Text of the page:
In 1915, Henri and his artist friends met in Charles Winter’s studio to experiment with color. Attending were H.G. Maratta, John Sloan, George Bellows, Randall Davey and, of course, Henri and Winter. This group would meet periodically when a member artist felt that they had come upon an insight into color, theoretical or practical, or the set palette (which each was experimenting with individually). It must be noted also, that Maratta’s knowledge was sought after by the group who desired to practically apply his theories.
This day, they came to discuss pigments and their inherent intensity in their pure state. Henri, along with the others, produced a chart giving each pigment, in its pure state, a place along a scale of intensity between 3 and 13. 13 being the highest intensity and 3 being the lowest intensity with two scales below that range 1 (Hues that approach a neutral) and S (which combines a Hue with a Color to achieve what Henri notes at the bottom of the page: “The mixtures indicated for the 1 and S lines were those which seemed the most practical”).
Henri notes in his journal that, “the fixing of the higher intensity of each color was difficult. It was rather surprising that YG should be thought of as the most intense. There evidently was some confounding of value with intensity. Evidence of this may be found in the great step between P and YG. This P while very dark proved itself to be a very powerful (intense) pigment when mixed with white.” (Notebook: Artists’ Pigments I, folder 19, Yale University, Beinecke Rare Book and Manuscript Library)
Here is a brief indication of the chart which has been reproduced in William Innes Homer’s book, “Henri and His Circle”, page 188:
11 G GB OY Y G
9 R RO O
7 B BP PR Below each color the intensity descends to S
3 B hue P hue
1 All the Hues for each color
S Hue+complementary color for each color
The original chart is easier to see the relationships (I cannot reproduce it here without permission from Yale). So please refer to Homer, page 188. Henri, subsequently, went on to produce many charts for different paintings, creating a scale of intensity for that particular image or series of images. So in one image Y may be the most intense and in another O or GB. So although the chart above indicates a pigments intensity right from the tube, it is not the only scale on which to create a palette.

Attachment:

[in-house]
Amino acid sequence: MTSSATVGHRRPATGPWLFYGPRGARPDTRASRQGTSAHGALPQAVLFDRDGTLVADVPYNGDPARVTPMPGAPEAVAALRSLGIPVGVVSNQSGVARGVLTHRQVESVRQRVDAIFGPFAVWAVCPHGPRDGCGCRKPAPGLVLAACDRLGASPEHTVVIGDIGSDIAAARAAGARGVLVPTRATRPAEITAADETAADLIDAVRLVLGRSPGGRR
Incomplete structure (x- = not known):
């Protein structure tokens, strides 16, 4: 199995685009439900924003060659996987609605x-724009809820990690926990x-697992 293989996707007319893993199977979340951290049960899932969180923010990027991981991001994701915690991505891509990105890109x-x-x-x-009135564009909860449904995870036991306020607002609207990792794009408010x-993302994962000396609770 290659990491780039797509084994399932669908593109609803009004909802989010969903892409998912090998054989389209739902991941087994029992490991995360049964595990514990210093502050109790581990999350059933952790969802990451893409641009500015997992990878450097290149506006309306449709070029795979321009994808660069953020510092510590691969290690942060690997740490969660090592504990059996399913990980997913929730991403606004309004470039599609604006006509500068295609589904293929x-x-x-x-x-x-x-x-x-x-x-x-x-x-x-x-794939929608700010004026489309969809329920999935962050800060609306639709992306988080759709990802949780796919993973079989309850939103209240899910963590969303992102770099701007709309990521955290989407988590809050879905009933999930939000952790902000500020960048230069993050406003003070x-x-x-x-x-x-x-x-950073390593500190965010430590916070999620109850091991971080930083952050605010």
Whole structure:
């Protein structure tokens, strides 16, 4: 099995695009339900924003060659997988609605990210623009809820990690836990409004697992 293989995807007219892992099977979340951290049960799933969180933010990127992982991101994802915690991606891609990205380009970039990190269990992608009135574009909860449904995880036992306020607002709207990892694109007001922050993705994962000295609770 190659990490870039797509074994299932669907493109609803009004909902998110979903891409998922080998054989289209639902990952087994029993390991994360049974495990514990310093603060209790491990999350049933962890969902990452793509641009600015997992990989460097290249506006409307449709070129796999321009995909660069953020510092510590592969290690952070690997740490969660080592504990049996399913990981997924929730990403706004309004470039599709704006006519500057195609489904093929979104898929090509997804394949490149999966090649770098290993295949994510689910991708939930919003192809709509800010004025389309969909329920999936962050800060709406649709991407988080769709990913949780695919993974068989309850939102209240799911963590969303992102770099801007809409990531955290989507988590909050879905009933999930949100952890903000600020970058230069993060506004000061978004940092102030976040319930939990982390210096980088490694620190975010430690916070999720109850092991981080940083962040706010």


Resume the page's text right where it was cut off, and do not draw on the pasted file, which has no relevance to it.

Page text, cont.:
What is interesting about this new approach is that the notes for a palette are chosen on a diagonal (one never uses the entire palette in an image). This diagonal form maintains that when there is a change in color, there is also a change in intensity. Therefore, each color occupies a specific intensity. Henri states, “For instance, take Y- to move from Y to OY will not be a horizontal move- as OY (9),Y (9) but with Y (9) and OY (7). If the next step is to O that O could be moved to (9) or of course move further down- or up( if possible) in the scale of intensities.” (Notebook: Artists’ Pigments, folder 19). So if Y is at (9) intensity, the next colors along the spectrum on either side are not at a (9) scale of intensity, but are of a higher (11) or lower (7) scale of intensity.
This idea can easily be interwoven into Maratta’s approach. Maratta being in Winter’s studio as part of the experimentation is telling. Maratta may have had the most insight into how intensity can dominate. Chords in the Maratta system inherently create a hierarchy of intensity. The dominant color of the chord stays near its full intensity within an image while simultaneously, floating amidst a series of colors that are less intense (bi colors and hues). This is what gives chords their feeling of luminosity.
This chart becomes for Henri a point of experimentation over the next couple of years. Henri moves away from strict chord relationships (Maratta) to one where a hierarchy of intensity within the composition of a painting begins to preoccupy him. One can observe this in the paintings themselves from this period. They become largely about pushing color intensity to the point where spacial depth becomes shallower through large areas of the background being occupied by intense colors applied in a flat manner. An example of this is another version of “Lilly Cow”. Henri takes this course to its inevitable end where form borders on abstraction. Henri, who loved the beauty of form, backs away from this precipice.
These years of experimentation with color intensity informs Henri’s work until his last years. Although, he abandons color intensity at its extreme end, he maintains the hierarchy of intensity as set by Maratta through his system of musical chords. By 1916, Henri has integrated his new understanding of color intensity into Maratta’s chord system. But now Henri has become a master of color in all of its aspects while simultaneously maintaining his love of form. Henri always returns to his central pursuit- the constant search for true expression of soul in his portraits which he referred to as “My People”. Color intensity has now amplified that expression.